Thanksgiving, celebrated these days in the United States, is often considered abroad as a turkey dinner feast. Americans travel thousands of miles – so that several generations of a family can gather around one table. Gratitude is expressed for the harvest, which in the modern world can mean economic welfare, health, fruitful relations with family and friends, and all the benefits of the year’s toil. The history behind the origins of Thanksgiving is instructive for modern times in several respects.
The first Europeans to set foot in the Americas experienced many hardships. Nearly half of them starved to death as agriculture failed in their new lands. Those who survived considered returning back to their homeland. Fortunately, the native Wampanoag tribe taught the Europeans to work the land using the ‘three sisters’ method, i.e. to grow the tall corn maize, alongside beans and squash on the rocky soil. The very next year, a plentiful harvest was reaped. To show gratitude for this saving grace, the first Thanksgiving dinner was held in 1621 when both the European pilgrims and the Native Americans came together to mark the harvest as a life-preserving celebration.
The tradition gradually spread, with rituals specific to different states and communities, and in 1863, President Abraham Lincoln declared Thanksgiving a national holiday. Since then, Americans have been expressing gratitude for life’s necessities, loved ones, and the community on Thursday during the 4th week of November.
In the early years, the newcomers worked the land communally and experienced all the challenges of collective ownership. From the year 1623 onward, however, all were allotted plots of land, and private farming began. This was the second turning point after landing on the new continent. Knowing that everyone would eat what they grew, people began to work harder, they did not hide behind the backs of others, and productivity increased in manifold ways. The result was a multiplication of yields.
Today, this celebration has spread far beyond America. Despite the fact that agriculture is no longer the sole protector of modern human life, the traditions of the festival have survived.
The harvest we celebrate today is not only nutritional sustenance, – but also new structures and vistas, vast sectors of technologies, such as electricity, transportation, and communication, institutions, such as commerce, industry, and academics as well as a wide range of services that make our lives not just bearable, but comfortable, meaningful and lasting. Harvest includes all kinds of income, dividends, and profits.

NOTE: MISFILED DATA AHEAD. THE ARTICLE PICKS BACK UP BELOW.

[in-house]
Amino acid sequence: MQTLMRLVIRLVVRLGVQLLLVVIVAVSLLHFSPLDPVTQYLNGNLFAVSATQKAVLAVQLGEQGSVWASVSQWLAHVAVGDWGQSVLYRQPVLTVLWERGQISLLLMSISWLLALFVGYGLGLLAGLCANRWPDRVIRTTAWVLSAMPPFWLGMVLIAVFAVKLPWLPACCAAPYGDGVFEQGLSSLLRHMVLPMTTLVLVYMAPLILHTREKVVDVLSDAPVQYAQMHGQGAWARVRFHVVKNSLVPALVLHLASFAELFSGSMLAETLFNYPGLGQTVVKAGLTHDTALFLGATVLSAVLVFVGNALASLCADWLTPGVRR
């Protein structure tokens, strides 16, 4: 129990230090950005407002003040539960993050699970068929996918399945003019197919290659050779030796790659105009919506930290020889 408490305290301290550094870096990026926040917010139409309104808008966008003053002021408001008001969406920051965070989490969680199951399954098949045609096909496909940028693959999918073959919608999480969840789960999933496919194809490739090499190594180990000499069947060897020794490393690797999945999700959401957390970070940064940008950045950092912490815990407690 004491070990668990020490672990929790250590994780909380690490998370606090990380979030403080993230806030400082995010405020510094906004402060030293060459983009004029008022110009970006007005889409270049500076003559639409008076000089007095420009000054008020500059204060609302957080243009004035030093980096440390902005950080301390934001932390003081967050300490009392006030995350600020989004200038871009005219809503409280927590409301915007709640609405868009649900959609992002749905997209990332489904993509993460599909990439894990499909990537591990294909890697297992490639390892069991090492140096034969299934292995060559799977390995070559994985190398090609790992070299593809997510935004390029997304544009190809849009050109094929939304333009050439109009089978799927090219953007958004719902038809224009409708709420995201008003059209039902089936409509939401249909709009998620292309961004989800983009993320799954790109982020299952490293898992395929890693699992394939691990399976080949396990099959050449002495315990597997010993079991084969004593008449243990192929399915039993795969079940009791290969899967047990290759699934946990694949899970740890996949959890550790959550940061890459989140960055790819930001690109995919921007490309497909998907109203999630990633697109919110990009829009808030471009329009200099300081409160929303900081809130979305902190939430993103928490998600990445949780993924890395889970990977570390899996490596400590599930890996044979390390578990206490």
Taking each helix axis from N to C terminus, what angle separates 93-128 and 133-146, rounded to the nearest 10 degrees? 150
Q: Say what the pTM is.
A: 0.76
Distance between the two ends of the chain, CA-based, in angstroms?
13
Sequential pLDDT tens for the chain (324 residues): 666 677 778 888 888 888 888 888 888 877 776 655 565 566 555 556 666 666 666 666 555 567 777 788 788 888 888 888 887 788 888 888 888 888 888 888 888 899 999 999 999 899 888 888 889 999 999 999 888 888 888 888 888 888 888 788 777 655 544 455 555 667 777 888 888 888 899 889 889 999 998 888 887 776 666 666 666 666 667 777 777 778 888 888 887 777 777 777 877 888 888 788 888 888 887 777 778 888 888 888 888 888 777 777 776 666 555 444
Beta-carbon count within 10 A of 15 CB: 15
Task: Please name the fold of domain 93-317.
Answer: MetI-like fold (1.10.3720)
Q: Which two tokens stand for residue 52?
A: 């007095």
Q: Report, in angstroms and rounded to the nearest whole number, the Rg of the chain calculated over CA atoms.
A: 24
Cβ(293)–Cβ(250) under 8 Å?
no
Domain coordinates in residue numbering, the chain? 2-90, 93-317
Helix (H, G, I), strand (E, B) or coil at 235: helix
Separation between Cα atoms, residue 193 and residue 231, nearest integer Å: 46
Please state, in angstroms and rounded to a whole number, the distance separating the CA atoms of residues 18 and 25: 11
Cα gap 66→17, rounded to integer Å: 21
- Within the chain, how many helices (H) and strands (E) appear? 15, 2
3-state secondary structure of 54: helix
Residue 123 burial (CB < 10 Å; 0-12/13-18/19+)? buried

Just as nature itself gives us the principle of fertility, productiveness, and reproduction – to sustain life and continue human lineage, so does profit ensure the continuity of a certain activity, product or a service provided by an entrepreneur. Profit paves the way for capital investment, connects producers, consumers, investors, and ensures the efficient allocation of resources in a society.
What we produce and want to reap as a harvest in the end, must be bought and paid for by someone. In the same way, what we give to have goods, such as mattresses, bicycles and breakfast rolls made by others, confirms our need and provides harvest for the others. What is income to one is an expense to another. What is an expense to one is an income to another.
We want our income to be as high as possible and our expenses to be as low as possible – it is written into human nature. It is on this paradox, unfortunately, that many people are tempted to slip, being thankful for their own harvest while resenting that of others. Taking a broader view, we discover a firm, if at first sight paradoxical, law: if we want to be generously rewarded, so does the seller of buns, mattresses and computers. So does a news platform that offers readers a subscription.
And the market trader and the private medical institution for whom profit means being able to continue its activities next year. And for all of us, it means that next year, we will still find the person bringing our favorite tomatoes from afar, our private doctor, the designer of our clothes, and the grandmother with the strawberries (which many people think are insanely expensive, even though the same people applauded and cheered the increase in the minimum wage).
Just as harvest meant life for those who landed in America, so in our time, everyone’s income means life support and continuity of activity. Every consumer needs this as much as a product or service provider. Learning to live without getting angry with all those who serve us every day – isn’t that the perfect gift for a harvest festival?
The same ‘three sisters’ approach to farming teaches us to get along despite our differences, if not because of them. The three crops cultivated by the Native Americans – maize, beans and squash – produced bountiful harvests precisely because they were grown together. Sound strange? – The corn stalks were the perfect support to lift the beans into the sky. The foliage of the pumpkin covered the stony ground, kept the moisture in, maintained a microclimate favorable to all plants, and protected against weeds. And the beans’ ability to store nitrogen and increase the fertility of the land also served all the ‘three sisters’. There are lessons here for humans.
Americans’ belief in giving thanks for a good harvest promotes the mindset to seek a good harvest the following year. So we, too, who grow different crops on our private plots and serve each other with our harvest, can celebrate not only the harvest but also social harmony.